There’s a lot to be said for inner strength, a third eye, a gut feeling…but how do you strengthen your resiliency muscle? How do you make yourself keep going when it is so easy to give up; to not become paralyzed by 100 ‘no’s’ when you’re waiting for a single ‘yes’ , to keep getting up when you fall on roller skates every time you go around the curve.
I began writing this blog as a way to make sense of my daughter’s seeming inability to use her resiliency muscle in some situations. She is on the opposite end of ‘eye of the tiger’ and would rather ‘give up and go along’ just to avoid having to really struggle with something. Yet, as a write this, I am forced to think about my own resiliency muscle (something that should probably go in my journal and not on a public blog). However, here I sit about to have a brain dump on wordpress.com.
I have vivid memories of always reading as a child. I honestly think that the percentage of time that I spent reading positively correlated with the amount of chaos in my life. I read a lot. I could sit in the middle of an emotional hurricane and read, and I did. It is often said that reading takes you to another place. That is true but for me, it was much more. Reading could make me disconnect and served as a safe-haven of sorts. I still love reading as an adult, although now it really is pleasurable and not just a get-away. Although I must say that I do use my book-within-an-armsreach deal as a crutch if I’m feeling overwhelmed emotionally I can stop, drop and roll right in the middle of an argument and go get a book. And I have. Disconnect in full effect.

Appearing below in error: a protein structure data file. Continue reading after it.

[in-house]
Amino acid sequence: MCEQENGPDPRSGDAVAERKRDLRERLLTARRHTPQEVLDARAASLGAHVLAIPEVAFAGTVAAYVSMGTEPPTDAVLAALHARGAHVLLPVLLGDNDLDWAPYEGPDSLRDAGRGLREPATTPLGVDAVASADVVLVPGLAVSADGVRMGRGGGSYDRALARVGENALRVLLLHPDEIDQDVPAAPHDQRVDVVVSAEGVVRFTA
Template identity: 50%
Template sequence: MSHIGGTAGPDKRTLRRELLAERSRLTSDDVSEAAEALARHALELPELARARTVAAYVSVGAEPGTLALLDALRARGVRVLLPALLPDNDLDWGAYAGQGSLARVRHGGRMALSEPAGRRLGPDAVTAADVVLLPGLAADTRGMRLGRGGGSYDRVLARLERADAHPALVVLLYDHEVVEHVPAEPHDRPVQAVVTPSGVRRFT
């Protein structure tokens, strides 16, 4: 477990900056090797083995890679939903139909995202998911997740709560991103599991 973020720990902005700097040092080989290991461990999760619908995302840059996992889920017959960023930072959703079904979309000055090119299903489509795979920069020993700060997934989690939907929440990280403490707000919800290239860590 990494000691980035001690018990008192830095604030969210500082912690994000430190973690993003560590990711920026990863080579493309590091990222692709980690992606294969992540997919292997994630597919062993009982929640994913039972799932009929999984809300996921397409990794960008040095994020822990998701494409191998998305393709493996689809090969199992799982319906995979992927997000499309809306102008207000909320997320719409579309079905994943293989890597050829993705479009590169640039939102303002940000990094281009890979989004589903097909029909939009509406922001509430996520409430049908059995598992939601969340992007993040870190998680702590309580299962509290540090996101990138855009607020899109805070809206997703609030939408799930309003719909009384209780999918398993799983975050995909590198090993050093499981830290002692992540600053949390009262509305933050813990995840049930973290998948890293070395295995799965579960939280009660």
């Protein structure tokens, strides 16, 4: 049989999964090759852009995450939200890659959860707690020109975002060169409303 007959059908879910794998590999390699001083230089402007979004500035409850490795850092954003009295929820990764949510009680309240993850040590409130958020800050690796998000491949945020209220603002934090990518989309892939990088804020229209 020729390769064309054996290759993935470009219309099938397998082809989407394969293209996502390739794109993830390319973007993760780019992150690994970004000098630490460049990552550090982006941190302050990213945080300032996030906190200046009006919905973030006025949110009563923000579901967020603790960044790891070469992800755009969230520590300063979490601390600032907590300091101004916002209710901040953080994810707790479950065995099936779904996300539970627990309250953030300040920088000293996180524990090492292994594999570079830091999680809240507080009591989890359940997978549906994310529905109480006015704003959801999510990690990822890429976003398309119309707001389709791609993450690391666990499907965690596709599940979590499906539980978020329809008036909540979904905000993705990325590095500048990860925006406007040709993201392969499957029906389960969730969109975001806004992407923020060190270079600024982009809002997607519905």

I wonder if I could have built up some more resiliency muscles if I wasn’t reading so much as a child–if I was forced to deal with problems and issues straight on instead of ignoring them. As an adult, I’m rather tenacious in most situations but when I am really really really up against a wall, I’m an emotional wreck and often feel paralyzed. I tend to acquiesce, avoid conflict, cry but I don’t fight life back. Inevitably, I lose some of my spirit and I come out the other side rather dented and yup, with a headache.
So, as I think about what I can do to help my 11-year-old daughter build her resiliency muscles, I should probably start with myself first or at least simultaneously. Maybe 2 more aspirin will help before I get started.
* dear friends and readers-special note* this is not a doom and gloom post. Just a reflection of what and how I choose to deal with the inevitable stuff that comes with life once in a while. no pity parties needed. Peace out.